The Island Autism Group is a small nonprofit based on Martha’s Vineyard in Massachusetts. The group, originally founded by two mothers of 3-year-old boys with autism, has supplied supplemental hard goods and programs to the Island school program for children with autism. We have raised funds for therapeutic riding, iPads, squeeze machines, teacher enrichment programs, sensory camps and many other wonderful programs. There is so much more to be done.
As a parent of a child with autism, now 10 and still non-verbal, I am constantly trying to do all I can for him and for his future. I have found as I talk with other autism parents that there is a huge need for more structure for our children, their families and for adults with autism. If one child in 68 will now receive an autism diagnosis, where will they all be when they turn 22? If you have read about state care facilities in the news recently, we know as parents that no one wants that for their child.
The ability to network with other parents and share resources — everything from doctors and specialists to babysitters and camp programs, is invaluable. Autism affects the whole family and the whole family needs support.
I started thinking of an Island Autism Center on the Vineyard that could possibly grow into something that could be replicated in other communities. This center would be a place with small cabins where families could come and stay. In addition to going to the beach, riding horses at a local therapeutic riding center, and working in the farm garden along with their parents and siblings, speech, occupational and physical therapies could be woven into their day. Parents could attend gluten-free cooking classes, learn about latest thoughts in the autism field, and meet with other parents to hear about programs that have worked for them; treat the whole family and let all these families get together and support each other and learn from each other.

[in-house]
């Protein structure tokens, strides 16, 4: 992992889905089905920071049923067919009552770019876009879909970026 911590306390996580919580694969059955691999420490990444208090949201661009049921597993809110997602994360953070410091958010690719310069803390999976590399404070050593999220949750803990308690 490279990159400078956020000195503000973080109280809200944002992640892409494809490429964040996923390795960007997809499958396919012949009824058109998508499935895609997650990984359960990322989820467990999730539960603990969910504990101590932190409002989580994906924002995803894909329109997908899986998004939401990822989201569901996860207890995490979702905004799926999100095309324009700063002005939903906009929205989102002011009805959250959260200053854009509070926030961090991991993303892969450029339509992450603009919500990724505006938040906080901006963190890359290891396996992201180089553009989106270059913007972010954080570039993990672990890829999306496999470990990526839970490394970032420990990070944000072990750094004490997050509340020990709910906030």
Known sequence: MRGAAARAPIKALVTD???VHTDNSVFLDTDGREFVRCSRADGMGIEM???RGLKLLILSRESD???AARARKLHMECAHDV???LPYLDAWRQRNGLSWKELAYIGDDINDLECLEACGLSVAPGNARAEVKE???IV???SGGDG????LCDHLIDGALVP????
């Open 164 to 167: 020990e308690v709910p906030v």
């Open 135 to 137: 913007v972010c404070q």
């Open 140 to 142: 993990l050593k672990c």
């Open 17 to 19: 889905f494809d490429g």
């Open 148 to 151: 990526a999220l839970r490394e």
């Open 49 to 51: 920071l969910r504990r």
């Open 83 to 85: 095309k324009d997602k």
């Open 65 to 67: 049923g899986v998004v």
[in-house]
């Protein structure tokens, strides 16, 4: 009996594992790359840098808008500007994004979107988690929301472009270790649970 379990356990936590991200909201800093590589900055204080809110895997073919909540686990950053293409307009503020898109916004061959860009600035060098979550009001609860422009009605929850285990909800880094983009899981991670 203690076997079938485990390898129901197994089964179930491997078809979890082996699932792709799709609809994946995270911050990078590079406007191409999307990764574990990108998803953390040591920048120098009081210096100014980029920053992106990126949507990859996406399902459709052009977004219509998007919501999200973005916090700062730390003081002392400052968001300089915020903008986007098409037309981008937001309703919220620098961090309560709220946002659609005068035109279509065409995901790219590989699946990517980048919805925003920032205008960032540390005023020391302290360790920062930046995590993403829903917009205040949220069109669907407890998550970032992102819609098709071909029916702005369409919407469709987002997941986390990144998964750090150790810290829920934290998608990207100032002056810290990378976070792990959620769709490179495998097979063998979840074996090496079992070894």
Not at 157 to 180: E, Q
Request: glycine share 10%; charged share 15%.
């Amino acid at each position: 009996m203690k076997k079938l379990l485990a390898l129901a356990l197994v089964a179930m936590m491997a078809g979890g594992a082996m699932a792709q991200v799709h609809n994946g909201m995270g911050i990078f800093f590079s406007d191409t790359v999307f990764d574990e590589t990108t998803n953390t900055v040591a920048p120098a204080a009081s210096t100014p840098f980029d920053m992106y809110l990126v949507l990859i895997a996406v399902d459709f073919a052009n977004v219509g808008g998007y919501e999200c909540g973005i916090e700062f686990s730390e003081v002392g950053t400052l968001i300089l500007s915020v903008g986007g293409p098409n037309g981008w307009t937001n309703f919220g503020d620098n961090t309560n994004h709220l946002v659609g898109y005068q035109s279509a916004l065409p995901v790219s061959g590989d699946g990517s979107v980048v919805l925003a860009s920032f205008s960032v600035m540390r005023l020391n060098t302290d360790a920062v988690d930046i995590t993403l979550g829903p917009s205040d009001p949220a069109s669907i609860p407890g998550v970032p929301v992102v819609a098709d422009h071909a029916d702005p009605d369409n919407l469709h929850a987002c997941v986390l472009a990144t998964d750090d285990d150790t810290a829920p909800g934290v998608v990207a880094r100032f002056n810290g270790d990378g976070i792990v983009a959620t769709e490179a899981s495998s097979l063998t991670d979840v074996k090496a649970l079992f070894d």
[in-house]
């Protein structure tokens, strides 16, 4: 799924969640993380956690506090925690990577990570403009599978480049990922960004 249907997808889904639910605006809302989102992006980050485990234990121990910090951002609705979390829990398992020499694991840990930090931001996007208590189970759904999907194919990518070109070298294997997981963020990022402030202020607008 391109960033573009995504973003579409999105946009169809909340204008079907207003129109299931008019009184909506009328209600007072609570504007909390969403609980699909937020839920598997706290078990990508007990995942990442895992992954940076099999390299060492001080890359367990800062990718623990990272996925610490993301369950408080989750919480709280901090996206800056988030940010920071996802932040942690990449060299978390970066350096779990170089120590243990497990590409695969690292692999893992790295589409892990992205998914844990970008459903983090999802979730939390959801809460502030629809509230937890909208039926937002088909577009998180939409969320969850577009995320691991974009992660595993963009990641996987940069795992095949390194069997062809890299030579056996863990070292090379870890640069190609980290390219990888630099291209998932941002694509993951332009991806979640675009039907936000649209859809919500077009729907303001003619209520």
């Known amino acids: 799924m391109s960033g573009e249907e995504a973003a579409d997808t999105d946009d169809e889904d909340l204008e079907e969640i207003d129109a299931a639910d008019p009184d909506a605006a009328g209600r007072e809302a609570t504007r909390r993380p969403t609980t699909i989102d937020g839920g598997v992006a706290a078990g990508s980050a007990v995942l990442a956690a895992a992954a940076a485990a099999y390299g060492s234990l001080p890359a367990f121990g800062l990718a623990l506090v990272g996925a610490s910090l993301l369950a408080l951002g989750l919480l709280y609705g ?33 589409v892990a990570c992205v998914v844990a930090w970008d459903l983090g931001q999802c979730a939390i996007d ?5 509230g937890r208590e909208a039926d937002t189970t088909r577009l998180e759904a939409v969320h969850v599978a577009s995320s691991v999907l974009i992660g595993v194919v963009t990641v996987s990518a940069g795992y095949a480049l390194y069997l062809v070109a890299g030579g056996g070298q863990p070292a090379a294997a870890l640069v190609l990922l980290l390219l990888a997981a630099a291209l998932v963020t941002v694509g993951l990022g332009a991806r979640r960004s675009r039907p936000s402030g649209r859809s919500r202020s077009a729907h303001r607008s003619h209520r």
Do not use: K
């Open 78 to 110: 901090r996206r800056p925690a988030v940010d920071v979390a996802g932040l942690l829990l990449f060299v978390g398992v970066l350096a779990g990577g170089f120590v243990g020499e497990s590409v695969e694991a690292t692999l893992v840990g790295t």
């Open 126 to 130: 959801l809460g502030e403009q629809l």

On the same property there would be a small co-housing village where adults with autism could live independently or in groups depending on their needs. Teachers and trainers in the program could live in the housing as residential advisors. Their living spaces would be at reduced cost in exchange for their participation in the program.
My wish is that the Island Autism Center would provide my son and other people living with autism the opportunity to be part of a community that embraces the older and younger people with autism and their families. Such a Center would meet so many needs and provide so much healing.
Won’t you help us make our vision a reality?